It worked! I am making real progress now and might actually finish this scarf. I knit about 10 rows, and then I use a large plastic needle to thread a piece of scrap yarn through a knit row and keep on going. I still mess up and somehow end up with an extra stitch at the end of a row, but I no longer have to rip out the whole thing. I just have to swear a little bit and rip out just enough knitting to get me back to a piece of scrap yarn so I can put the scarf back on the needles and keep going. I can easily pull the scrap yarn out after I get past the point of needing it as a security blanket. I have never heard of this strategy so I claim it as my own, but I am willing to allow that another knitter might have come across the method (or even that all experienced knitters in the universe are aware of this method and I was the only ignorant one). It is so satisfying to solve a knitting problem!

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This Tablecloth Looks Familiar

Earlier this week, I co-hosted a pasta party for the girls’ high school soccer team.  This is a weekly event during the soccer season, and it is a fun whirlwind of about 25 hungry, laughing girls. I shared the cooking responsibilities with another mom, but we fed the team at my house. As my co-host and I were going over our checklist, she said, “What about paper plates, plastic forks, a plastic tablecloth, and napkins?” I said, “I have got them all covered.”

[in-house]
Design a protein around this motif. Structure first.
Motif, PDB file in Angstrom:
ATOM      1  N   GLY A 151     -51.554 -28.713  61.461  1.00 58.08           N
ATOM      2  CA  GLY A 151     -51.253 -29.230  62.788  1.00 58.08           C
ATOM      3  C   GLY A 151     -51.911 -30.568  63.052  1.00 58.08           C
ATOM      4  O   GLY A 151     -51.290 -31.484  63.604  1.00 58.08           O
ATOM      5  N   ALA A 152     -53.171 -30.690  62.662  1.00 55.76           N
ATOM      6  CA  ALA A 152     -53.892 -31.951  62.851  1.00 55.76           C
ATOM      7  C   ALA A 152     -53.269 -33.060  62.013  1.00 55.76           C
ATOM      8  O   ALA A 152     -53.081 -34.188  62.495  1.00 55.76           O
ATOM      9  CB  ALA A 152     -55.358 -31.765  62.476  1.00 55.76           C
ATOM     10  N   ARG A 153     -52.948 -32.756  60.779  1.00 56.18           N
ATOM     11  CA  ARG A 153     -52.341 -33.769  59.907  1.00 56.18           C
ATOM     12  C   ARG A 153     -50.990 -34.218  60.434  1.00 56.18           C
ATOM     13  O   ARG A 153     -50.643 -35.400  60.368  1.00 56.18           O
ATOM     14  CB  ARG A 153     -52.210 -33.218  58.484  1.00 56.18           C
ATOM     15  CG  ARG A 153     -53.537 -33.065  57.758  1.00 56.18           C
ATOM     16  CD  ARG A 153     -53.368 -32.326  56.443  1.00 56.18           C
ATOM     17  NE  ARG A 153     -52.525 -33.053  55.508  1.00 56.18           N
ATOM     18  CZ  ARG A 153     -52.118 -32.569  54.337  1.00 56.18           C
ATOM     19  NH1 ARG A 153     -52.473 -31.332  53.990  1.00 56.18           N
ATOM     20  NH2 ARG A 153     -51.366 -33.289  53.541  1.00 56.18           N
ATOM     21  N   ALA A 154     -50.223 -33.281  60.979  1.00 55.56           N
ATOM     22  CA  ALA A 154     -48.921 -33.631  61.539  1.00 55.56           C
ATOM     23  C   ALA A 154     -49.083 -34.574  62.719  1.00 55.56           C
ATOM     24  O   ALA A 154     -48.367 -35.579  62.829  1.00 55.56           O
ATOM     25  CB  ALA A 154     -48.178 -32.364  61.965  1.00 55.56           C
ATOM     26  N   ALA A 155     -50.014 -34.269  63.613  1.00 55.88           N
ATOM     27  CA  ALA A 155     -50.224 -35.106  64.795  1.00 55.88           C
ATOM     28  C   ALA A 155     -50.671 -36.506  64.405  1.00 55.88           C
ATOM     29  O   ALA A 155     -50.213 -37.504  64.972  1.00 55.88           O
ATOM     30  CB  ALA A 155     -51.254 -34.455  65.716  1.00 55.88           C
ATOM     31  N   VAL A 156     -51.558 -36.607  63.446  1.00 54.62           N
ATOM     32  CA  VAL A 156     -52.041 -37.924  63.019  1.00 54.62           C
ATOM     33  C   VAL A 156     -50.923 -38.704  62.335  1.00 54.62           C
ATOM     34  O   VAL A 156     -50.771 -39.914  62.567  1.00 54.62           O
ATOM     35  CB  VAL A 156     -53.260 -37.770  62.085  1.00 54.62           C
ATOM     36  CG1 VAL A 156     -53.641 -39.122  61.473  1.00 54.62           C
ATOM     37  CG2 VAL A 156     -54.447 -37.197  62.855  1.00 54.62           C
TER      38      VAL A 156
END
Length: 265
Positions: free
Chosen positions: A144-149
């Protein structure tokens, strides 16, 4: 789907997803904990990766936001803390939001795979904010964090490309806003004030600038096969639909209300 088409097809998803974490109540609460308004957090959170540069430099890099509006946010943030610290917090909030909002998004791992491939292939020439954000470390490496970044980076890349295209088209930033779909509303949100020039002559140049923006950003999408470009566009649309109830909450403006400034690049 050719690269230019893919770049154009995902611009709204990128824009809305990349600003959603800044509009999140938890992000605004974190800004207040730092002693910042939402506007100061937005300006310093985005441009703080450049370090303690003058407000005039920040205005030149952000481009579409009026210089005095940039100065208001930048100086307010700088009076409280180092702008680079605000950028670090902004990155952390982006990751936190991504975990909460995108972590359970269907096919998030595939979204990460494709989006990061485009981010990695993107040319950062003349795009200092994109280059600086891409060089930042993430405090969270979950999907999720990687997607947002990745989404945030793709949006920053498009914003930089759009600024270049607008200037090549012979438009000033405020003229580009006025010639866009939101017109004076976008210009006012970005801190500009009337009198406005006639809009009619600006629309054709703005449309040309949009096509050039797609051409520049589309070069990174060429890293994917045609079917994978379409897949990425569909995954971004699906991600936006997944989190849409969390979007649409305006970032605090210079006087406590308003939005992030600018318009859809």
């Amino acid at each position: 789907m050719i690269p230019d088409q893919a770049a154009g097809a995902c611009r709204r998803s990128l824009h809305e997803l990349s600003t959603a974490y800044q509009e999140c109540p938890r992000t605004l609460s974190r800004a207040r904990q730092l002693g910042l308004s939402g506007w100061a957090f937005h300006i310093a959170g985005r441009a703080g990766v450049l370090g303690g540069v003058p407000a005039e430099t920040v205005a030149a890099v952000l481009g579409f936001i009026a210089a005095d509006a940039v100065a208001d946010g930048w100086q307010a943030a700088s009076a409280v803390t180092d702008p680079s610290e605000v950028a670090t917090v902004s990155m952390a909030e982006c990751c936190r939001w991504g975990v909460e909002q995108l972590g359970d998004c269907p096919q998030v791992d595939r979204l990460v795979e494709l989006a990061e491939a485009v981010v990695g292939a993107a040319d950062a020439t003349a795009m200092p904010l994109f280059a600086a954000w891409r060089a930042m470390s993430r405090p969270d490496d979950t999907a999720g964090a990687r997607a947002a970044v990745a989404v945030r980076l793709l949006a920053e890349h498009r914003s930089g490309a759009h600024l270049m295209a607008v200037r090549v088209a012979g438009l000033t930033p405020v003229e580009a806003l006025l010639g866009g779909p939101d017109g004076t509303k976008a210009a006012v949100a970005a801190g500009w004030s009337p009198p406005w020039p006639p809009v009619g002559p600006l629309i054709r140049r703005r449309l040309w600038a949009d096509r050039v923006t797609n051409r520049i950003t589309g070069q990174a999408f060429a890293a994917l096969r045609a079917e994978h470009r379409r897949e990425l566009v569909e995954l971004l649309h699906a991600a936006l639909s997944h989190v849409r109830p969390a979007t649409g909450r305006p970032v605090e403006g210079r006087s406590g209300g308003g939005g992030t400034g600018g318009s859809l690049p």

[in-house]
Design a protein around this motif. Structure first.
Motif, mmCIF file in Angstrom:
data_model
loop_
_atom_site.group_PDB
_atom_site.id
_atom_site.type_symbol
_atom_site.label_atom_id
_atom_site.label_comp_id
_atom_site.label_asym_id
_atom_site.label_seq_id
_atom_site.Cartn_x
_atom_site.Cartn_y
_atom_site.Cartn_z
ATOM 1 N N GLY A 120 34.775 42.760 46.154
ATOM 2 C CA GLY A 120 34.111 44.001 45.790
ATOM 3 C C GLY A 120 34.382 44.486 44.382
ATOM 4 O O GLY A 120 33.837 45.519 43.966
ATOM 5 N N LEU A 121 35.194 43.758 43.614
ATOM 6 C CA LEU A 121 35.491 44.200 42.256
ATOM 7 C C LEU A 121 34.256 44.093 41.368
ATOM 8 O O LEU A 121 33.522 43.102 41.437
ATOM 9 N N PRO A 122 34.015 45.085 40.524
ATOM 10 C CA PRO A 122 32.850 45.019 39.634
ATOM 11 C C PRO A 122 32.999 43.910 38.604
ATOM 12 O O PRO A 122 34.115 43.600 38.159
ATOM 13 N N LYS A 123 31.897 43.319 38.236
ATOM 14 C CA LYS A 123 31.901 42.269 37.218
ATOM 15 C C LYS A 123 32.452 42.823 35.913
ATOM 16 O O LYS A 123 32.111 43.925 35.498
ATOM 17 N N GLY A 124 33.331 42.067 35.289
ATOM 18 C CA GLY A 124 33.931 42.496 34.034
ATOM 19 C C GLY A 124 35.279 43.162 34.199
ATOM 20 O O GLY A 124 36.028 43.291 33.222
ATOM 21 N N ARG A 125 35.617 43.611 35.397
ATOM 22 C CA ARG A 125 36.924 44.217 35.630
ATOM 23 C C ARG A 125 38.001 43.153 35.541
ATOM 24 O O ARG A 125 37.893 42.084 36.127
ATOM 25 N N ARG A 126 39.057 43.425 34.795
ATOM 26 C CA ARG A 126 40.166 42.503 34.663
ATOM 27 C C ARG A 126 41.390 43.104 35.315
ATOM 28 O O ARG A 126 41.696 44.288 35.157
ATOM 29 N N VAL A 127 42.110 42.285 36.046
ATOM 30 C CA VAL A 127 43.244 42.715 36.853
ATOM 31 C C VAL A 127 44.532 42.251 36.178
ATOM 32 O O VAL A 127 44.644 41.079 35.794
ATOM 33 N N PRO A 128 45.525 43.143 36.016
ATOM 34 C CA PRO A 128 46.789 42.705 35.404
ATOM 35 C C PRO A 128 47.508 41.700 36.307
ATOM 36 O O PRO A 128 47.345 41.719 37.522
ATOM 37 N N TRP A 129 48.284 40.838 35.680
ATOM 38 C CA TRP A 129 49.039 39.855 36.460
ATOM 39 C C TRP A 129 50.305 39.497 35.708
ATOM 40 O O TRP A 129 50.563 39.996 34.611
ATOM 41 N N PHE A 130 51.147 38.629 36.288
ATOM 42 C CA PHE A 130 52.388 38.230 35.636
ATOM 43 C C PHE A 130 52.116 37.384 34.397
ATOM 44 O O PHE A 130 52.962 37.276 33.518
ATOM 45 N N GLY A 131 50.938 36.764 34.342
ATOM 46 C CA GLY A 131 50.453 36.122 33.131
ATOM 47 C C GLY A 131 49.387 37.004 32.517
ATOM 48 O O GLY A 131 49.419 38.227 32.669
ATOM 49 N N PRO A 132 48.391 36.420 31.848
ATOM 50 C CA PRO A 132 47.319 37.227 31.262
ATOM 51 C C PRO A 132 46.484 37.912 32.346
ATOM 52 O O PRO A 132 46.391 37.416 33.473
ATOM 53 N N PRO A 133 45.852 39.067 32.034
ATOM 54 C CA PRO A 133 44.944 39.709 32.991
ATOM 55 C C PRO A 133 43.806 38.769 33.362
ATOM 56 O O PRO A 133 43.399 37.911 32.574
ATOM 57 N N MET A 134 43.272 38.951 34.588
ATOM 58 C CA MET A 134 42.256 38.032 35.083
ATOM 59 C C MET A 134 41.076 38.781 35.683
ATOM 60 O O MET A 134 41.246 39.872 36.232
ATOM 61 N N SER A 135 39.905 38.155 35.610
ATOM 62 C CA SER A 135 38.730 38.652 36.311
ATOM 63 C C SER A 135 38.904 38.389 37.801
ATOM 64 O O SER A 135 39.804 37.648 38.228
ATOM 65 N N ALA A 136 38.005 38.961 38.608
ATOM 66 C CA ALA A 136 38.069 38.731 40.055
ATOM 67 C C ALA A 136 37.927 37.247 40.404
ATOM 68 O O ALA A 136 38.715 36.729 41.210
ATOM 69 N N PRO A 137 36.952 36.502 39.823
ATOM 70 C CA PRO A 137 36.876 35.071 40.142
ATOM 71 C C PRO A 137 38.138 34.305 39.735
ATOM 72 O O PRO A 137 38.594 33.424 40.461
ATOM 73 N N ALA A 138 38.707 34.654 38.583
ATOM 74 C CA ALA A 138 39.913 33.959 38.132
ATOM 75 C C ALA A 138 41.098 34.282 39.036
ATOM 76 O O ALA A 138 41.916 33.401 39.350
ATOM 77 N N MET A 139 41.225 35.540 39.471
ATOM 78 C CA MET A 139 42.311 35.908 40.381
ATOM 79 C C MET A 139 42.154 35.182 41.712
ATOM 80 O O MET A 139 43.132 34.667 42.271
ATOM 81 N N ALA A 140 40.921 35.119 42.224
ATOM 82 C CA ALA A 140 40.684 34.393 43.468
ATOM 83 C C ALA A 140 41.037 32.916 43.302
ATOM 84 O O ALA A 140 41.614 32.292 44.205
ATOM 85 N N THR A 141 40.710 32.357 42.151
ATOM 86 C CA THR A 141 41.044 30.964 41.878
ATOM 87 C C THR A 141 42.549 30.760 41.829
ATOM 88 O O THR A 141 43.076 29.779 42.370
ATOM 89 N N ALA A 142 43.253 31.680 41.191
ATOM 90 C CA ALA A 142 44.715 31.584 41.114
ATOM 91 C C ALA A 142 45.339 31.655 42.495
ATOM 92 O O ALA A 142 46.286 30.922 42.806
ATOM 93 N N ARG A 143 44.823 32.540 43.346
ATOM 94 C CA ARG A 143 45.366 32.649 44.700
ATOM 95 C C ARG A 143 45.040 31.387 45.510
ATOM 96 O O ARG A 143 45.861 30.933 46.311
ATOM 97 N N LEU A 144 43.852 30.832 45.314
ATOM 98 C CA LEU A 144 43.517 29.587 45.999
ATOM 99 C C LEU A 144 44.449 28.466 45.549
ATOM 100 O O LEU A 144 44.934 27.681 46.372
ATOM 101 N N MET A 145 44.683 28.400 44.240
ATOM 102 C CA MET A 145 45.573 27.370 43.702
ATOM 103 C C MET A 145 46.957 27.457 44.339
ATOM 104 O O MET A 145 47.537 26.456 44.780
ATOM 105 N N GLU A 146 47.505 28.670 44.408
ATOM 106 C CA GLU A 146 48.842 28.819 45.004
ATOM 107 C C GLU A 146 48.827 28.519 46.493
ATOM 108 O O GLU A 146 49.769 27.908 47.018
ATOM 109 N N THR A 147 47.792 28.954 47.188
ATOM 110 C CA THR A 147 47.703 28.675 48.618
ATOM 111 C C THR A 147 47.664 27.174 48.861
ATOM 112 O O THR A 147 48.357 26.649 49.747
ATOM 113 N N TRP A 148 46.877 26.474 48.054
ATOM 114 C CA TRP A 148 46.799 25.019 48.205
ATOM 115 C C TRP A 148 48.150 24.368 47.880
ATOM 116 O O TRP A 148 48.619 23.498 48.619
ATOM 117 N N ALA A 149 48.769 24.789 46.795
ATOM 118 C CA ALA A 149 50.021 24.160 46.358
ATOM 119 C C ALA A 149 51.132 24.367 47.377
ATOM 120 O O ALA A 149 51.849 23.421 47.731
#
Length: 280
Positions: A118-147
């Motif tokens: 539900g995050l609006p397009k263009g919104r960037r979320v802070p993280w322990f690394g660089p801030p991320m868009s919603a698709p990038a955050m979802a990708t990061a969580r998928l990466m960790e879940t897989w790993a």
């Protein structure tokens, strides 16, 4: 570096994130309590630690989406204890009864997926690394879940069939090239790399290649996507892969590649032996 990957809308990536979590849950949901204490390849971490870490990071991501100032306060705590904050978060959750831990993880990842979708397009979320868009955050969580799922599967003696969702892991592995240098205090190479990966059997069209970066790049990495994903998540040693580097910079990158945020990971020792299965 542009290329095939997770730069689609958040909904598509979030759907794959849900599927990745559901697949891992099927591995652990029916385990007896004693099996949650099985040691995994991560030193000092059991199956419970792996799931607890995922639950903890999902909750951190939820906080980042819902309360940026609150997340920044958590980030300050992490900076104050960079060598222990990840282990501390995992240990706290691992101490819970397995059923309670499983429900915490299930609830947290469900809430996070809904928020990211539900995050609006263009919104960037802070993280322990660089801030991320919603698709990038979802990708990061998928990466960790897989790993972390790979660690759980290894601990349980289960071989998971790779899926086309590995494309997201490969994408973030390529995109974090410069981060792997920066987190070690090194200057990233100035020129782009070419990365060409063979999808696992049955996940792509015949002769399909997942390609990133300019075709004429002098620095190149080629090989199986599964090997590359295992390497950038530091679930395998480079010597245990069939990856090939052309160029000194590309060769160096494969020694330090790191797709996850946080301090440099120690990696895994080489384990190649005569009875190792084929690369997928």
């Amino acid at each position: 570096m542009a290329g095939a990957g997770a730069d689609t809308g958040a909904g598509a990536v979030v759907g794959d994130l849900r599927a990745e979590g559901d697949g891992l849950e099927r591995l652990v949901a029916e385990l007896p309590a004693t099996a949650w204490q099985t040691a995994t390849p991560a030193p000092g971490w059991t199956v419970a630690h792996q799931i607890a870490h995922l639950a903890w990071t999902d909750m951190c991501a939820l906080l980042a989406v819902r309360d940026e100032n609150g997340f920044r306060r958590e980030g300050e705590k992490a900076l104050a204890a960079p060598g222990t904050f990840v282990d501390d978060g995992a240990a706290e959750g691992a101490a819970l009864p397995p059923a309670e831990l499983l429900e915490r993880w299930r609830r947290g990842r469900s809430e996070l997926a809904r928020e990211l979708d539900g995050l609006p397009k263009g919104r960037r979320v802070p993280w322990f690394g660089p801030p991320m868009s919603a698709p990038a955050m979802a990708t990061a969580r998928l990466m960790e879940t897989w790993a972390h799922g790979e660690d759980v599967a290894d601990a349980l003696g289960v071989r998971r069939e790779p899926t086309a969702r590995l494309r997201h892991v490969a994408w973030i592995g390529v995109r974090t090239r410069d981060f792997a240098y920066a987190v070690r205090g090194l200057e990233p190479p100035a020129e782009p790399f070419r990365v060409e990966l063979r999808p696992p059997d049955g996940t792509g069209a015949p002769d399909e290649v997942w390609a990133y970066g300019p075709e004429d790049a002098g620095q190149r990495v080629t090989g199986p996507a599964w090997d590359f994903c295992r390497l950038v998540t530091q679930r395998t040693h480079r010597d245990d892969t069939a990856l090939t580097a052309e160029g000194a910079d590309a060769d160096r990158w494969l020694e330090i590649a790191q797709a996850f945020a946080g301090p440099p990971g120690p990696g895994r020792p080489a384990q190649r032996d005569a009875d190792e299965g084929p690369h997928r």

I used to agonize at full-house holidays or when we entertained more than a few friends. We have lovely china from my husband’s grandparents, but it is delicate and cannot go in the dishwasher. Every time we used it, I worried about someone feeling bad if they broke it—and I hated spending time in the kitchen washing and drying china when I would rather enjoy my company. And my green conscience hated using paper plates and plastic utensils that would get tossed in the trash.

To solve the plate problem, I went to Crate and Barrel and got two dozen white dinner plates. Our everyday dishes are also white, so I can combine the sets when we have a big gathering. The white plates go with any table décor and can be dressed up if the occasion calls for it. I got a great deal on our stainless flatware a few years ago and I got plenty of it. I saved our old set to supplement when we have bigger crowds. My style is pretty simple so it all blends. (I have seen another strategy, which is to buy mismatched plates in the same color scheme at thrift stores and garage sales so you have plenty on hand for a reasonable investment.)